Re: Back to Windows??
Christopher Wolf wrote:
> software is usually not as easy to use because no one has the time to work
> out all the bugs like a dedicated company might (don't even bring up MS;
> they don't write software, they market software), or everyone is taking it
> in their own direction and giving it feature creep, which eventually
> strangles the project.
I'm sorry, but as a Debian maintainer I find this statement *offensive*. We
spend MONTHS in testing cyclles trying every possible configuration to ensure a
perfect upgrade for all users, and NOTHING is released unless ALL of the RC bugs
in ALL critical packages are eliminated on ALL platforms. If a less important
package has an RC bug, it gets booted. Period.
The quality is so high that people can upgrade from bo to potato in a single
step, without rebooting, and it just works. Packages are made available to
maintain kernel 2.0 compatibility years after its release, because there are
some users who still need that kernel. We are the ONLY distribution to release
for legacy processors like m68k and (likely for woody) hppa and mips, extending
the supported lifetime of such machines indefinitely, and the ONLY distribution
that runs on light low-power ARM chips. Try that with Microsoft or Sun or IBM
or SGI or Q or ... Get the point?
Of course, this slows down the incorporation of new features (like how GNOME 1.2
didn't get into potato). But contrary to your statement, this means the focus
is on quality and NOT feature creep. We can ONLY do this because the software
is free, as in speech, so we can fix our own bugs and add our own usability
features (see below).
I understand your frustration with some projects, but to make such a blanket
statement on a Debian list is demeaning to the hundreds of volunteer maintainers
and hundreds (thousands?) of other volunteer testers who work very hard to bring
together the highest-quality distribution possible. If you have a specific
complaint, make it, and file a bug report. But don't just dump on quality when
you can't get anything like what we have in the proprietary world.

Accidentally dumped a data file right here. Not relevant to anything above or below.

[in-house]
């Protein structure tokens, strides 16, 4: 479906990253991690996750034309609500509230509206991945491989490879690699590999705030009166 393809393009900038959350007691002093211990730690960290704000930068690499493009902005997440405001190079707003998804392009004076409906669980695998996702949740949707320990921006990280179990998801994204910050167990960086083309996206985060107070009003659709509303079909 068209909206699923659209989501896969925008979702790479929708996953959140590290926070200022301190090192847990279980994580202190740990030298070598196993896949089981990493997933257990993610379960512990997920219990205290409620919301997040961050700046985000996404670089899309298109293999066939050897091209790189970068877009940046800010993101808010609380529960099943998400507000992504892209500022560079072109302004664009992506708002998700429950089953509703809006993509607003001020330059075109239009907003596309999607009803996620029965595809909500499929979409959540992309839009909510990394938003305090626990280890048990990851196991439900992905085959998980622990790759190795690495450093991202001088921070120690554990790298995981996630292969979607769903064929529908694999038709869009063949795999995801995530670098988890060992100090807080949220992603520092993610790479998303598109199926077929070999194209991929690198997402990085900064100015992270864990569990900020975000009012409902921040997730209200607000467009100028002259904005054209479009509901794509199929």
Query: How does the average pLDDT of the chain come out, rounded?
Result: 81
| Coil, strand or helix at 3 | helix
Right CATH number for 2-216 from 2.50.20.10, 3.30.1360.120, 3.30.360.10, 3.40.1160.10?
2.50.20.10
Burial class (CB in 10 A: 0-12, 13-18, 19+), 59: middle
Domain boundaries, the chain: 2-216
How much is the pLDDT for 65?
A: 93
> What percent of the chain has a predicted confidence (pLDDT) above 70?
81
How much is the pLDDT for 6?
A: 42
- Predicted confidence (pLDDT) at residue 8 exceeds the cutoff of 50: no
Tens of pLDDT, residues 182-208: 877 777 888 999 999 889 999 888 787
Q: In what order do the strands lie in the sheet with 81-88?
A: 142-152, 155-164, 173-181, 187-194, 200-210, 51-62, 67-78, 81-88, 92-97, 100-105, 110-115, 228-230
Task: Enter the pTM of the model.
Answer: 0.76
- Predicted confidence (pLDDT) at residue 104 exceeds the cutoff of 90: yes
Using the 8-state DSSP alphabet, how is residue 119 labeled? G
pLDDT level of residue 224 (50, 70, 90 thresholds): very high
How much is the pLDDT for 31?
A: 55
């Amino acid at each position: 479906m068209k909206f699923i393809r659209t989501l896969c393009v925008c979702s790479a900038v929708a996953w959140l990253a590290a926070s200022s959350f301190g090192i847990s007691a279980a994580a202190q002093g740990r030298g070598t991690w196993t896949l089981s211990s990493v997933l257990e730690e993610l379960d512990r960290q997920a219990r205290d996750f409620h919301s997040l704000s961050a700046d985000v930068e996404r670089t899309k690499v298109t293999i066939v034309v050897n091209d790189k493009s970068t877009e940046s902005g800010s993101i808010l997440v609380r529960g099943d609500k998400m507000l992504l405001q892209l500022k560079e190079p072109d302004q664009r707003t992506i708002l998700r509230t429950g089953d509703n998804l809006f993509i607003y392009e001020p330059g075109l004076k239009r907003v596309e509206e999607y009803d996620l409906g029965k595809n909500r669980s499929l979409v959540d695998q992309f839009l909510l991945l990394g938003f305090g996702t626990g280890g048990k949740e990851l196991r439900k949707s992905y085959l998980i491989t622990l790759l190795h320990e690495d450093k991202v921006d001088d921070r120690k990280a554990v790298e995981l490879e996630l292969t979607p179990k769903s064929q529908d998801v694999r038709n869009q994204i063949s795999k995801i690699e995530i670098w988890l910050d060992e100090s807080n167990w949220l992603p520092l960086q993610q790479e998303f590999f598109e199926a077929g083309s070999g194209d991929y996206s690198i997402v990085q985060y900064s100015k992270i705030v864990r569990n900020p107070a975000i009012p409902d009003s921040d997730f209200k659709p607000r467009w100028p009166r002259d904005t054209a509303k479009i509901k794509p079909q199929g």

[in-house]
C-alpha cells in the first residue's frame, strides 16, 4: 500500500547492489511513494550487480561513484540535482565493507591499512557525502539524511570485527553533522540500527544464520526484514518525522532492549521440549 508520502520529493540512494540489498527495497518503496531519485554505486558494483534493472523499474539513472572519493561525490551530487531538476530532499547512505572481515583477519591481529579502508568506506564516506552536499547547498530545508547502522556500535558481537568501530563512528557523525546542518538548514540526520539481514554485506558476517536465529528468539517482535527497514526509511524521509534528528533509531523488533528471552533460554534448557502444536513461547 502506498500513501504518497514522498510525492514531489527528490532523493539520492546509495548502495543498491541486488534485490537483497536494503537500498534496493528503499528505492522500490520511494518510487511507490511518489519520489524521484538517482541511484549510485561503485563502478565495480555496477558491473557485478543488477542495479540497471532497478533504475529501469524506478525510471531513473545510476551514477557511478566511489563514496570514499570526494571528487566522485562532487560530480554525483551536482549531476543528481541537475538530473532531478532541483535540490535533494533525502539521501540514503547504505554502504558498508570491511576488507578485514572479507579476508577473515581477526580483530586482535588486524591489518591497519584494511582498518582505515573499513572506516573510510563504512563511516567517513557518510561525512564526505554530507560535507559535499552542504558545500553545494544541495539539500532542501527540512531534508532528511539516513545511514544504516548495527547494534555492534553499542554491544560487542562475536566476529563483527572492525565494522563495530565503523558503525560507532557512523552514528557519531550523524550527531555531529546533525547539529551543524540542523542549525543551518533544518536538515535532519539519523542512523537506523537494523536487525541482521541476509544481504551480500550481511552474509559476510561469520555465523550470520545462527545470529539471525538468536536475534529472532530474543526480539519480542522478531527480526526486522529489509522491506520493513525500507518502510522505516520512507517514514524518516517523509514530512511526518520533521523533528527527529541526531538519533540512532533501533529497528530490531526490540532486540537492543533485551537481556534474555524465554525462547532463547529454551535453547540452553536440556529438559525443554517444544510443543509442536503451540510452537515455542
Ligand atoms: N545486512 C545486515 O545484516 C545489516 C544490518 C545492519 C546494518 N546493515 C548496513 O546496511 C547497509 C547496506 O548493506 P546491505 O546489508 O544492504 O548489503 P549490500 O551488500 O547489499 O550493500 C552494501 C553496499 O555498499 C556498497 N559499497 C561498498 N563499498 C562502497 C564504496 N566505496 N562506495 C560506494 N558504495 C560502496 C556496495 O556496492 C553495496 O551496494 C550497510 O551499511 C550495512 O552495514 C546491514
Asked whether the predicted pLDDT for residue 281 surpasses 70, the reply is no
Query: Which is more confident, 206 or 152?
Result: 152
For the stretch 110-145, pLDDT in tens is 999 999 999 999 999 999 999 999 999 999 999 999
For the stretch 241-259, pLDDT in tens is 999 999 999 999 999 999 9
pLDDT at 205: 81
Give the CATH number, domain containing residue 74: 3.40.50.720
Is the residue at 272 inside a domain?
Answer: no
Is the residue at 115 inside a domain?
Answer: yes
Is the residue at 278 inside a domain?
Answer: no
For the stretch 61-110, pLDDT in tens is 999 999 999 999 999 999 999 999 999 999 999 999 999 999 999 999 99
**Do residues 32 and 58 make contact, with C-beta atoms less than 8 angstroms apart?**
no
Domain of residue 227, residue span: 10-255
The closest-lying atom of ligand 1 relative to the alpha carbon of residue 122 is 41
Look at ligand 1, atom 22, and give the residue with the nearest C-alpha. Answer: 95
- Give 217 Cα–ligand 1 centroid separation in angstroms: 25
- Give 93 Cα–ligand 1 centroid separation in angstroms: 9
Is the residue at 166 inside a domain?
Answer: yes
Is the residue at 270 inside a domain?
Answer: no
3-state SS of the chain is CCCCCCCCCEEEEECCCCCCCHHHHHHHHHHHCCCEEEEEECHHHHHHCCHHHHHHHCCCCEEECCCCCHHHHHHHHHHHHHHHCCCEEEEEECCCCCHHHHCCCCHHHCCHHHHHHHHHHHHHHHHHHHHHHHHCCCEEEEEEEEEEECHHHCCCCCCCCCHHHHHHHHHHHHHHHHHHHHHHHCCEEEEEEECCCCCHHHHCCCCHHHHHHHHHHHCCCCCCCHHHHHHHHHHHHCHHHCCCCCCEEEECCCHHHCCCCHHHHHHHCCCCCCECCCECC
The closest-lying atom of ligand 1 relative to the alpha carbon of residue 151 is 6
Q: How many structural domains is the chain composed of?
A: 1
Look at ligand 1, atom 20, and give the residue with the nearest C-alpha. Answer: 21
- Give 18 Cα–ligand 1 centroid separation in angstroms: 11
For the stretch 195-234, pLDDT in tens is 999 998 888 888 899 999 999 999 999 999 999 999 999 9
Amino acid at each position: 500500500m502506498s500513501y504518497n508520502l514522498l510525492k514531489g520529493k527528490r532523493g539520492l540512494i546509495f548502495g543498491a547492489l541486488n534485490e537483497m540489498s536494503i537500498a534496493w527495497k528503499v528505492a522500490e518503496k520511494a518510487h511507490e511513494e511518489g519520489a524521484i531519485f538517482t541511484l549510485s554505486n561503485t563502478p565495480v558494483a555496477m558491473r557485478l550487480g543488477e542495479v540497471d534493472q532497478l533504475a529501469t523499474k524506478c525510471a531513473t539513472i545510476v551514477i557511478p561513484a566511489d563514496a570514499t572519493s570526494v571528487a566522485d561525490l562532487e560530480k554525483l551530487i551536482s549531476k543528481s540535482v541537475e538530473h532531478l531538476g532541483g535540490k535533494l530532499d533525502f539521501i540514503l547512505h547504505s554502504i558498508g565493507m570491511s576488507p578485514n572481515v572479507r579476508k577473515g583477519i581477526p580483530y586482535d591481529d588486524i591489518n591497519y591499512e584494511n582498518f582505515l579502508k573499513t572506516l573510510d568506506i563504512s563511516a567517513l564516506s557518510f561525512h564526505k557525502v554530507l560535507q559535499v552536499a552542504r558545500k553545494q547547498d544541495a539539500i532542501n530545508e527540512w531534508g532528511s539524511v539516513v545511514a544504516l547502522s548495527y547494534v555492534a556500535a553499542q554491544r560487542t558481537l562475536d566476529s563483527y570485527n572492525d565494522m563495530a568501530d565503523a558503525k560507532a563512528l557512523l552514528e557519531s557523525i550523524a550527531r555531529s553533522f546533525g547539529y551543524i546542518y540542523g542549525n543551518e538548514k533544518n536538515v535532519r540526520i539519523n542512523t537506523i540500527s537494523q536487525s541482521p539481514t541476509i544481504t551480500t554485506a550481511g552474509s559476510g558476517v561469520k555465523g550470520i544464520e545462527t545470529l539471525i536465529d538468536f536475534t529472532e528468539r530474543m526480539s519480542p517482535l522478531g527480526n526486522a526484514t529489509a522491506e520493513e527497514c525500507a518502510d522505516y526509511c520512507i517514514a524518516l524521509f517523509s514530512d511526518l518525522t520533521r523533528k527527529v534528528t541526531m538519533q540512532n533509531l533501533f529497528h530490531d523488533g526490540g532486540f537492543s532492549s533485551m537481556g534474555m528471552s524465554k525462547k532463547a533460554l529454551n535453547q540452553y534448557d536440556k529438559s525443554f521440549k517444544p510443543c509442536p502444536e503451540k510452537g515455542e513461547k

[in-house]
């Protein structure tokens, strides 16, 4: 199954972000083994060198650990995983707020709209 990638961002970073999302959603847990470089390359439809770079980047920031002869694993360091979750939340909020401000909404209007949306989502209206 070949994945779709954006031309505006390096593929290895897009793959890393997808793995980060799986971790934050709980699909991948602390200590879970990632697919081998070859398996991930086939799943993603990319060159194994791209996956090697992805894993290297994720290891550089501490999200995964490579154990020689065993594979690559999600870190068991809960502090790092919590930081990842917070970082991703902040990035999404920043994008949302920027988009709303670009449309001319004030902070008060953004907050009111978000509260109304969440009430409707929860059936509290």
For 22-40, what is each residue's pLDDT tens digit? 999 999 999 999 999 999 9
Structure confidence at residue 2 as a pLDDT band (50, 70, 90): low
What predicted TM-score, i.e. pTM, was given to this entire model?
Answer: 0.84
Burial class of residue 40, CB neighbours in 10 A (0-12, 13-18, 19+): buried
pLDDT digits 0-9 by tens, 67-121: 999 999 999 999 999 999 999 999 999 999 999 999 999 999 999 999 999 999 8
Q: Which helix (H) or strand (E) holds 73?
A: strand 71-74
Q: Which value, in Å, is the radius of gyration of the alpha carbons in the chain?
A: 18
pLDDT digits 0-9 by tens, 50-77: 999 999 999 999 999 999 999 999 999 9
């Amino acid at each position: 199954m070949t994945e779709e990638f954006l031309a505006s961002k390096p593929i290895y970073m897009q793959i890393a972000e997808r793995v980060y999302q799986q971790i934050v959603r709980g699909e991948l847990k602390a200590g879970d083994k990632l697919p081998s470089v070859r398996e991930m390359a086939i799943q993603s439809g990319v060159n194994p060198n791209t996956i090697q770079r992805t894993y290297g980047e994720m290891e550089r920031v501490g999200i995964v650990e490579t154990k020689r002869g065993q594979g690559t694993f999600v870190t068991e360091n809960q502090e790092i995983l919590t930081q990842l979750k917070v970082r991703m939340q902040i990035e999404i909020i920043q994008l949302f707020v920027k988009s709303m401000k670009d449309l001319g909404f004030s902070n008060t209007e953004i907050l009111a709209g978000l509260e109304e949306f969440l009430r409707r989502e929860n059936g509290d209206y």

Usability is another matter. Volunteers will generally make things more usable
for themselves. So we have the best package management system anywhere in the
industry (dpkg/apt), with unrivaled ease of configuration (debconf), and
centralized application menu management which puts its menus in all of the
window managers and desktop environments (menu), and documentation registration
which links all docs from /usr/share/doc/HTML/index.html (doc-base), and indexes
it as well (dhelp/glimpse). One or two of these usability features are
available elsewhere (like Windows' documentation system and single Start menu),
but the combination is unique to Debian.
However, drivers are a problem when vendors refuse to release specs (so file a
bug report and mailbomb the vendor), and since people only have to install it
once, the time they're willing to put into the installation process is
relatively small. So the usability of those parts of the distribution lag the
rest by quite a bit. The new installer doesn't look like it will be ready in
time for woody, so this condition wil persist for at least another year. But
the installation problem is easy to solve: get an old Corel CD and upgrade to
potato over the net (took me about 15 hours over a 56K modem, but it all
worked), or get a Progeny beta, or go to http://www.odslinux.com/ and
custom-configure your own easy-install CD, or get hardware with Debian
pre-installed- which solves the driver problem too!
> Either that or the primary author graduates or
> finally gets a date.
I graduated nine years ago and have been happily married for the last four,
thank you very much.
There have been helpful constructive criticisms in this thread, but yours was
not one of them.
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